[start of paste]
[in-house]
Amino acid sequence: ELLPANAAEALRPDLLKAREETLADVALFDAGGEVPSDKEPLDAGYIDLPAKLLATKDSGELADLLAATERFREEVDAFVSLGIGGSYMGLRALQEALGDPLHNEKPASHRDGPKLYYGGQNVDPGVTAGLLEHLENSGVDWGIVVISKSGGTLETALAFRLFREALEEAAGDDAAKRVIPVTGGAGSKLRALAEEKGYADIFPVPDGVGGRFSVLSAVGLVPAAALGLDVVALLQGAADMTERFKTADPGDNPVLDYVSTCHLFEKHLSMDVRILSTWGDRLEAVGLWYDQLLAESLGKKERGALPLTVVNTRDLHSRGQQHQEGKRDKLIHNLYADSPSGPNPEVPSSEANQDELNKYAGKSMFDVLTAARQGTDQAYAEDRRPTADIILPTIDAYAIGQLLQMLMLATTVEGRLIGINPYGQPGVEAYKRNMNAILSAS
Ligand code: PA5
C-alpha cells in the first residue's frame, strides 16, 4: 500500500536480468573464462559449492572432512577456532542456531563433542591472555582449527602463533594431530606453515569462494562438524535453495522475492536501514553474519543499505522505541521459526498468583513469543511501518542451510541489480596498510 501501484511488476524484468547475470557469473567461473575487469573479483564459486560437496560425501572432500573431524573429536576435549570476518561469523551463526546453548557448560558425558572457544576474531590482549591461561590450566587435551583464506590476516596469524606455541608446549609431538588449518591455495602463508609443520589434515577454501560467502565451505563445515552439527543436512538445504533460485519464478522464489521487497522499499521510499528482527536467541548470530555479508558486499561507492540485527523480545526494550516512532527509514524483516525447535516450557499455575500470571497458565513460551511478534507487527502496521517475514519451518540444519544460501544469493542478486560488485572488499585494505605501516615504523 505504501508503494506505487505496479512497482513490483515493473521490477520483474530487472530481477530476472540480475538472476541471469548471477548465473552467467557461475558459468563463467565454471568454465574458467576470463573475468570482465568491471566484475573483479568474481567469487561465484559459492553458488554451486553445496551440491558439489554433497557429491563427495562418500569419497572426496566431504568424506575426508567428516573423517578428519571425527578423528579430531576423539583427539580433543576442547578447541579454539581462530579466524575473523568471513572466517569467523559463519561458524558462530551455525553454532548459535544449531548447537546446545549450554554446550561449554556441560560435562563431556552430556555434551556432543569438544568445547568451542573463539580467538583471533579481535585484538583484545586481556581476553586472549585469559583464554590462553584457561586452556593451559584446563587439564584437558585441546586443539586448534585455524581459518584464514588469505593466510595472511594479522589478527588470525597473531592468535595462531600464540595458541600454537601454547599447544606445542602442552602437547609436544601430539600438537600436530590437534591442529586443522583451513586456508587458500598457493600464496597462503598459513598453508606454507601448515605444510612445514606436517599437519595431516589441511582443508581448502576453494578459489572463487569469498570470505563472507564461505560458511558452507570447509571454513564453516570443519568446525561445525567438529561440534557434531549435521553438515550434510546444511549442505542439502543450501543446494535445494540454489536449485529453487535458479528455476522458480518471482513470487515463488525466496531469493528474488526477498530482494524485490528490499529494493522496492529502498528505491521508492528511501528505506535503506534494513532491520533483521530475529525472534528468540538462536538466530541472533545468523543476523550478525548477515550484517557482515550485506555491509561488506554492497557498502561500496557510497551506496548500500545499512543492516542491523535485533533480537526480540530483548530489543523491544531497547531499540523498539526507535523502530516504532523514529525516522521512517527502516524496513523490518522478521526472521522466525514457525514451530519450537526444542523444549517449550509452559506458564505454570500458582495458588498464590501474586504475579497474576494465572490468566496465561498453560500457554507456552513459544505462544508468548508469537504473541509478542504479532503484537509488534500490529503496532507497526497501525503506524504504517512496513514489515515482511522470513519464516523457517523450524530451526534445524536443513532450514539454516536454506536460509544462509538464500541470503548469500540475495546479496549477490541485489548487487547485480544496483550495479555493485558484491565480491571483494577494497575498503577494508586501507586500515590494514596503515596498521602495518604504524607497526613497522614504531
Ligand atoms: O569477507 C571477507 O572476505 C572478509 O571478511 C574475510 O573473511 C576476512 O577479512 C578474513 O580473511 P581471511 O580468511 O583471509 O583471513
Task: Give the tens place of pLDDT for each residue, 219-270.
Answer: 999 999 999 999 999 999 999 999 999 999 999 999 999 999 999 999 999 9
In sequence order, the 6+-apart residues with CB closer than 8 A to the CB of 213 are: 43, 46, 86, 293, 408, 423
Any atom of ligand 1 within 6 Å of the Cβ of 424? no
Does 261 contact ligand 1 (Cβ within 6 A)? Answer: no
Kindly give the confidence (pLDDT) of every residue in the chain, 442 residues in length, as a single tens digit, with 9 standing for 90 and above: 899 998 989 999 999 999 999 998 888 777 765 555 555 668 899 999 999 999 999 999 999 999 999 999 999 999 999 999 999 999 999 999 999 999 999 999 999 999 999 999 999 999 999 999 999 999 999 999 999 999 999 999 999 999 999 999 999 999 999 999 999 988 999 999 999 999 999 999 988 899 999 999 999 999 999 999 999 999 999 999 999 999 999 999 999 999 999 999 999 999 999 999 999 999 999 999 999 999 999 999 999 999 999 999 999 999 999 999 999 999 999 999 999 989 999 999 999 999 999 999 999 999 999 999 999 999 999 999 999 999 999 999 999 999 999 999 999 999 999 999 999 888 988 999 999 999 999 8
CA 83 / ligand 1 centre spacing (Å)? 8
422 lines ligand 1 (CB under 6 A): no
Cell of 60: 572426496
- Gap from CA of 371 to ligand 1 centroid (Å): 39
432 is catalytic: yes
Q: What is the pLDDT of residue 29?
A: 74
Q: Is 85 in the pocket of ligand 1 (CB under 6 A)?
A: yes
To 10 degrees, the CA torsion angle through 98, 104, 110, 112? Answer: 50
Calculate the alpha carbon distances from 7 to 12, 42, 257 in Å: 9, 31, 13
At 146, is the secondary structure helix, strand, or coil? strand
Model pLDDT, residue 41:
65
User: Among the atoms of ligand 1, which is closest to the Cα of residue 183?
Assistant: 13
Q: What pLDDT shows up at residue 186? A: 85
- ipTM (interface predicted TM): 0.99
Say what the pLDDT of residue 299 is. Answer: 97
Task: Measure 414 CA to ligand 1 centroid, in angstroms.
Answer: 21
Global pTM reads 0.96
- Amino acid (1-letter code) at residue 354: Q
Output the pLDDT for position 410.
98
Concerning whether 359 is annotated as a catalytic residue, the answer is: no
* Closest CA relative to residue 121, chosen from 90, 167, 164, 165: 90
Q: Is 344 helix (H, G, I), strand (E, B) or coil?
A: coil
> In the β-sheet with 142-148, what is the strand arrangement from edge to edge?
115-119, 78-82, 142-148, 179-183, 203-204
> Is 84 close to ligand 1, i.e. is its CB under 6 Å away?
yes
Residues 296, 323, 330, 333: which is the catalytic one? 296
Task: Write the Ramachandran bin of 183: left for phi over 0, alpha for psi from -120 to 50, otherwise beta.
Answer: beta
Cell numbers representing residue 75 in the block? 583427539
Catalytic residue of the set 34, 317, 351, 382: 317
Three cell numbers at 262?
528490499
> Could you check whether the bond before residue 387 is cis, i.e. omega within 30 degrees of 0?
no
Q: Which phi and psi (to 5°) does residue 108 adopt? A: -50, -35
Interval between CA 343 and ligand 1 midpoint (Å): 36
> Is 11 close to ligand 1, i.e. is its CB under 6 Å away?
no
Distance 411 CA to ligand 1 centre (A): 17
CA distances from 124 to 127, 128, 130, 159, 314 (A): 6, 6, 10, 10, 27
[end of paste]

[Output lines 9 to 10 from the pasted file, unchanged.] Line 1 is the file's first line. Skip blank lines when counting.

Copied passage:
Any atom of ligand 1 within 6 Å of the Cβ of 424? no
Does 261 contact ligand 1 (Cβ within 6 A)? Answer: no